Bring fact-checked results to the top of your browser search. The 18th century In America in the early years of the 18th century, some writers, such as Cotton Mathercarried on the older traditions. His huge history and biography of Puritan New EnglandMagnalia Christi Americana, inand his vigorous Manuductio ad Ministerium, or introduction to the ministry, inwere defenses of ancient Puritan convictions. He supported his claims by relating them to a complex metaphysical system and by reasoning brilliantly in clear and often beautiful prose.
Roots of Revolution The major effect of the Awakening was a rebellion against authoritarian religious rule which spilled over into other areas of colonial life. Amidst the growing population of the colonies within the 18th Century and mass public gatherings, charismatic personalities such as Whitefield and Tennent rolled through to deliver their messages.
Though a religious movement, the Awakening had repercussions in cultural and political spheres as well.
Customs of civility and courtesy, the governing norms of life in the colonies, were set aside in favor of a more quarrelsome age. Practices and mind-sets were changed by the Awakening like never before. Towards an American Identity Revivalism in the colonies did not form around a complex theology of religious freedom, but nevertheless the ideas it produced opposed the notion of a single truth or a single church.
As preachers visited town after town, sects began to break off larger churches and a multitude of Protestant denominations sprouted. The older groups that dominated the early colonies — the Puritans and the Anglicans — eventually began a drastic downward trend in popularity.
The effect of Great Awakening unity was an attitude that went against the deferential thinking that consumed English politics and religion.
The chain of authority no longer ran from God to ruler to people, but from God to people to ruler. The children of revivalism later echoed this radicalism and popular self-righteousness in the American Revolution, when self-assertion turned against the tyrannical ways of George III.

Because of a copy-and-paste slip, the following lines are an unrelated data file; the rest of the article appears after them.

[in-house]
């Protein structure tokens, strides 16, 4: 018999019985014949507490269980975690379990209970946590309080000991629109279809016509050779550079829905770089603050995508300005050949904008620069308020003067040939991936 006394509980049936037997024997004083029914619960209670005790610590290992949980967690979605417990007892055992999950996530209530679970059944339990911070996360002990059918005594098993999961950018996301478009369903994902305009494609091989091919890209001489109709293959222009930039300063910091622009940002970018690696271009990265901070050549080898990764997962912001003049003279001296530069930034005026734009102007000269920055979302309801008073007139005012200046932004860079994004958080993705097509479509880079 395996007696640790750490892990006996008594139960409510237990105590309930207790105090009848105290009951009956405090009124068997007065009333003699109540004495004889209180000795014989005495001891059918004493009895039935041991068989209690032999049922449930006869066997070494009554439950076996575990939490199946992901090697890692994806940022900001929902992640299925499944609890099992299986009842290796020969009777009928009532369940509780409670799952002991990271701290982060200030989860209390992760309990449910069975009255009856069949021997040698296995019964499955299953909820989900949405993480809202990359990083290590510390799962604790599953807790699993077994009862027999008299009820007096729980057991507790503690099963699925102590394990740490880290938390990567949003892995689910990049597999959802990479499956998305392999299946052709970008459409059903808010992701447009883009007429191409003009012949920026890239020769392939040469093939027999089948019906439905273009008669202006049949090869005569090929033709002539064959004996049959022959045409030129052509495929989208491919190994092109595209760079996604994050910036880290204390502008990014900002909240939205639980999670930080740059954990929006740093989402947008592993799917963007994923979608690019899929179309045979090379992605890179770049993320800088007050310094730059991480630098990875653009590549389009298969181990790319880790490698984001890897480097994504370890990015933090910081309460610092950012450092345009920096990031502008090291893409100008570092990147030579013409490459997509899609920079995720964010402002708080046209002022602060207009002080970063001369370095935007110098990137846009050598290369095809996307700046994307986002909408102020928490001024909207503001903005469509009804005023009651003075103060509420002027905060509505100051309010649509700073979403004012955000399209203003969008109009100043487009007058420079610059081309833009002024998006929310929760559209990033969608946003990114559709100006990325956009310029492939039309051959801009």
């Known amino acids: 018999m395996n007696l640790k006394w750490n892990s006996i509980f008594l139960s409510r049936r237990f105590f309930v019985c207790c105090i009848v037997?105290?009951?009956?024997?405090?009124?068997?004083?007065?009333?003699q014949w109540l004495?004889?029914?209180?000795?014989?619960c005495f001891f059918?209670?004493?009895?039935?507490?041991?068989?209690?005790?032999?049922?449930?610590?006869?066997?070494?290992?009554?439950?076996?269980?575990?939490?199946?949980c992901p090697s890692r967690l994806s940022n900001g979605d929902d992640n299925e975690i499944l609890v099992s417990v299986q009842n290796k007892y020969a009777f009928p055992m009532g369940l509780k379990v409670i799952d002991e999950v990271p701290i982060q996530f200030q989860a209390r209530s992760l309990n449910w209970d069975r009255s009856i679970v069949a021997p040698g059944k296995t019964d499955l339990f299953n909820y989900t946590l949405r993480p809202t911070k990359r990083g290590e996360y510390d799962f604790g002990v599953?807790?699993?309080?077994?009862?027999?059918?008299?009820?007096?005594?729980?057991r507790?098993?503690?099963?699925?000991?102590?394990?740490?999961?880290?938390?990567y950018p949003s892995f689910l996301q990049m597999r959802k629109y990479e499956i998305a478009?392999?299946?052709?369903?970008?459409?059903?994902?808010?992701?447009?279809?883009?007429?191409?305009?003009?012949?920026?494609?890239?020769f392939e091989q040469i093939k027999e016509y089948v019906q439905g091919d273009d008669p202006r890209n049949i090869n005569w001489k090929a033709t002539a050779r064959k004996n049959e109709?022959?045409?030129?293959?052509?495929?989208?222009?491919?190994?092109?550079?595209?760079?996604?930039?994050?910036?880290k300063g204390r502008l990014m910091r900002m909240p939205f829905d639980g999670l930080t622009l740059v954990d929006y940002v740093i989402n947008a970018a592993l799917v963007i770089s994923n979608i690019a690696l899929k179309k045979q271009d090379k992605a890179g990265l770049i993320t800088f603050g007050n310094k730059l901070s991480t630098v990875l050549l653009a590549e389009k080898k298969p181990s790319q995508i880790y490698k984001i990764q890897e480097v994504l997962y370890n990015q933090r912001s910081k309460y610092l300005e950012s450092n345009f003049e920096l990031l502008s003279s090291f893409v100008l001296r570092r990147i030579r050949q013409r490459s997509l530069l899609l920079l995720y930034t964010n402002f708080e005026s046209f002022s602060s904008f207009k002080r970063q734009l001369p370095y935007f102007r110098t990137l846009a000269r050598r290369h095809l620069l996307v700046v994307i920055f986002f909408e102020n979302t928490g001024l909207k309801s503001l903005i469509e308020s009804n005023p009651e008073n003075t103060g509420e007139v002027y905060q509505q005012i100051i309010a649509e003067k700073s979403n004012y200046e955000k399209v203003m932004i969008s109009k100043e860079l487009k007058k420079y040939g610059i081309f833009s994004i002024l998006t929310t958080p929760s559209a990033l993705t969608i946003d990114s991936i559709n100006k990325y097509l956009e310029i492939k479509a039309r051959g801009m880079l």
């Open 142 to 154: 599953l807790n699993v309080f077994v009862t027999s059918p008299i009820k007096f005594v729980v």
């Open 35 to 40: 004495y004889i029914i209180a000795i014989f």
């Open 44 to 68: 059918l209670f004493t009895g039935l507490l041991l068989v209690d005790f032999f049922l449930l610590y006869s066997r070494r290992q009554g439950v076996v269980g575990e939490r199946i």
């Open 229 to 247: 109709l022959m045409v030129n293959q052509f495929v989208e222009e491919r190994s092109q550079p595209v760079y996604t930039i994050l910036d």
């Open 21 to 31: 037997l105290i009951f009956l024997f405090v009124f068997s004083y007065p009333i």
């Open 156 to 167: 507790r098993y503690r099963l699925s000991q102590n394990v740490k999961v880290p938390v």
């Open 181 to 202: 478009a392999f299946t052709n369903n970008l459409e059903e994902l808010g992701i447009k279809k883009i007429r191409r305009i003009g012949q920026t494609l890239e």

Government as Contract Another effect of the Great Awakening on colonial culture was the growth of the notion of state rule as a contract with the people. Parishioners during the revival gained an understanding of covenants with their churches as contractual schemes; they argued that each believer owed the church their obedience, and the churches in turn owed their congregants the duty to be faithful to the Gospel.
Parishioners therefore reserved the right to dissolve the covenant and to sever ties with the church without prior permission. This notion of covenant was a popular one in Puritan society and reflected a common biblical understanding of association. Present in the Mayflower Compact and later forming an ideological basis for breaking from Great Britain, the notion of covenant grew to link religion and politics in the colonies.
With the frequency by which believers broke away from larger churches to form splinter groups, the colonists must have been accustomed to separating themselves from larger institutions. Religious Uniformity Perhaps the greatest fuel added to the revolutionary fire that began burning in the latter half of the 18th Century was religious pluralism within the colonies.
Unlike England, which after the Glorious Revolution of had become spiritually stagnant under the Church of England, the colonists adhered to no single denomination.
The splits in churches that revivalism had caused prevented uniformity in religion from becoming a reality.
While groups such as the Quakers and Anglicans still existed in areas, none could rise to dominate the religious scene and become the primary American religion. So long as the colonists did not become complacent, their religious zeal would continue to burn strong.Puritanism and The Great Awakening greatly impacted the American Society during the 17th and 18th century.
The Puritan Church basically ran the newly formed government. Puritanism during the seventeenth century had many effects on the American Society. /5(4). Analysis and Information covering the First Great Awakening 04 Significance of the Great Awakening: Roots of Revolution The major effect of the Awakening was a rebellion against authoritarian religious rule which spilled over into other areas of colonial life.
Puritanism & Predestination. The First Great Awakening. Religious Pluralism in the Middle Colonies. Church and State in British North America.
The Separation of Church and State from the American Revolution to the Early Republic. The Church of England in Early America. a Puritan minister in 17th-century Massachusetts, was known as the.
The First Great Awakening was a time period characterized by an emphasis on religion among Protestants in the s and s (Heyrman). It resulted from powerful preaching that deeply affected listeners with deep emotions and convictions.
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Analysis and Information covering the First Great Awakening.
What caused the Great Awakening? In late 17th Century England, fighting between religious and political groups came to a halt with the Glorious Revolution of , an event which established the Church of England as the reigning church of the country. Judaism, and Puritanism.